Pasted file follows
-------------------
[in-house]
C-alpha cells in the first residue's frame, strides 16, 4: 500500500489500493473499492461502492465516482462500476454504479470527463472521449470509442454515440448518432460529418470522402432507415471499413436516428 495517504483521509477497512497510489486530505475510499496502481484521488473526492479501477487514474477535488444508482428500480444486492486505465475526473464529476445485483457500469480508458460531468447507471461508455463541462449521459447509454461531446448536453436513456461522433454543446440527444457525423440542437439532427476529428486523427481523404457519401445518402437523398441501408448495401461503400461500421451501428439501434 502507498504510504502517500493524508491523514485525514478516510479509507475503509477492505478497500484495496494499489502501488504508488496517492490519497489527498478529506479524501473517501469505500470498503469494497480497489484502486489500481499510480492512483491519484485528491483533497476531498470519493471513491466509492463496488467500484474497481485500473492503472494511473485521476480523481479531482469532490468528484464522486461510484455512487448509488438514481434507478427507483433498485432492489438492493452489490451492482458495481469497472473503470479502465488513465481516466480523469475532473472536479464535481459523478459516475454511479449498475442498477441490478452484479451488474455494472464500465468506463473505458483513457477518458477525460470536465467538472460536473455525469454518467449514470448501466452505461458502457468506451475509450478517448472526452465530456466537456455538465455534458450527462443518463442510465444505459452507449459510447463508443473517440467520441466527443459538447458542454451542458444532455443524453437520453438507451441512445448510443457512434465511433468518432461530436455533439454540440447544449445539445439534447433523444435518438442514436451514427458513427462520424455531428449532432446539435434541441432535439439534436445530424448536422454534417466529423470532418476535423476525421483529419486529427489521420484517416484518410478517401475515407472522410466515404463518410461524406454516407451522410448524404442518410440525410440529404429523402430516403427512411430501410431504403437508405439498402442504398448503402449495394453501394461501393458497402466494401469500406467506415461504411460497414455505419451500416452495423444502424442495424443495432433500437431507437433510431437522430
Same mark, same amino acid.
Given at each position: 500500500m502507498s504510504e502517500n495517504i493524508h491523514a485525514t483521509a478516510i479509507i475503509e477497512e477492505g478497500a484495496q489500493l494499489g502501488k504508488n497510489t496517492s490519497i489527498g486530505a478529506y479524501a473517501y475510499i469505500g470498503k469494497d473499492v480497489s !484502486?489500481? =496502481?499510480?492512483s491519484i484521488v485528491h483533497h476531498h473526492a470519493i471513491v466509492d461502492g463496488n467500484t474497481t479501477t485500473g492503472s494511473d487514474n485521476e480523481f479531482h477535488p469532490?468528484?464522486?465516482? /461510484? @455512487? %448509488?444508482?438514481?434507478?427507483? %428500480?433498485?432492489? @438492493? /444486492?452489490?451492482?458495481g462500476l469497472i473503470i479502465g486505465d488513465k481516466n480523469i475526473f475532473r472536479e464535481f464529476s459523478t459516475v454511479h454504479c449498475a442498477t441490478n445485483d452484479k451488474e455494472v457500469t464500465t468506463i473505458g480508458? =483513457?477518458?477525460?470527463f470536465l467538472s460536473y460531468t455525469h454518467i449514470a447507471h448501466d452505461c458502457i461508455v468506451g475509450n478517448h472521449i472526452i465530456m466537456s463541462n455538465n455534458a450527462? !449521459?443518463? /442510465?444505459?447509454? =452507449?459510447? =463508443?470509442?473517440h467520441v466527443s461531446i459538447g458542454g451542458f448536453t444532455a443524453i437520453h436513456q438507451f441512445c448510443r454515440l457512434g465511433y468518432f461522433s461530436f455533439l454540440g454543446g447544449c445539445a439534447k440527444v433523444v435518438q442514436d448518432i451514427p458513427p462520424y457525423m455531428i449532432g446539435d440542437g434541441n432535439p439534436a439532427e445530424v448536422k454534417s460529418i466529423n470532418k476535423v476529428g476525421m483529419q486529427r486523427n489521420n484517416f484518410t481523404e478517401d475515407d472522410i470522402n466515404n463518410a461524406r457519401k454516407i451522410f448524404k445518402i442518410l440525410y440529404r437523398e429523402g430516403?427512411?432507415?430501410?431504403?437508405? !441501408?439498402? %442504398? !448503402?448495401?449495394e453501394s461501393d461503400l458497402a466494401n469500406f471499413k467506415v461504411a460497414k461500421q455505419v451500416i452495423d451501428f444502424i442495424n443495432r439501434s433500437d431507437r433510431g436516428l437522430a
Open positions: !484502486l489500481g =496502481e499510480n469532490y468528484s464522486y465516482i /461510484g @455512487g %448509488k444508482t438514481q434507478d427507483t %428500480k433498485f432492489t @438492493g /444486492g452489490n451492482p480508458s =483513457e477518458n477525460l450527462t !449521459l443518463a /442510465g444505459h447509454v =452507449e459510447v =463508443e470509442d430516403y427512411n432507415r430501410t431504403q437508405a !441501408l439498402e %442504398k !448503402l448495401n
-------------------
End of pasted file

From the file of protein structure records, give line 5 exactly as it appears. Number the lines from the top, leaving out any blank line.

Open positions: !484502486l489500481g =496502481e499510480n469532490y468528484s464522486y465516482i /461510484g @455512487g %448509488k444508482t438514481q434507478d427507483t %428500480k433498485f432492489t @438492493g /444486492g452489490n451492482p480508458s =483513457e477518458n477525460l450527462t !449521459l443518463a /442510465g444505459h447509454v =452507449e459510447v =463508443e470509442d430516403y427512411n432507415r430501410t431504403q437508405a !441501408l439498402e %442504398k !448503402l448495401n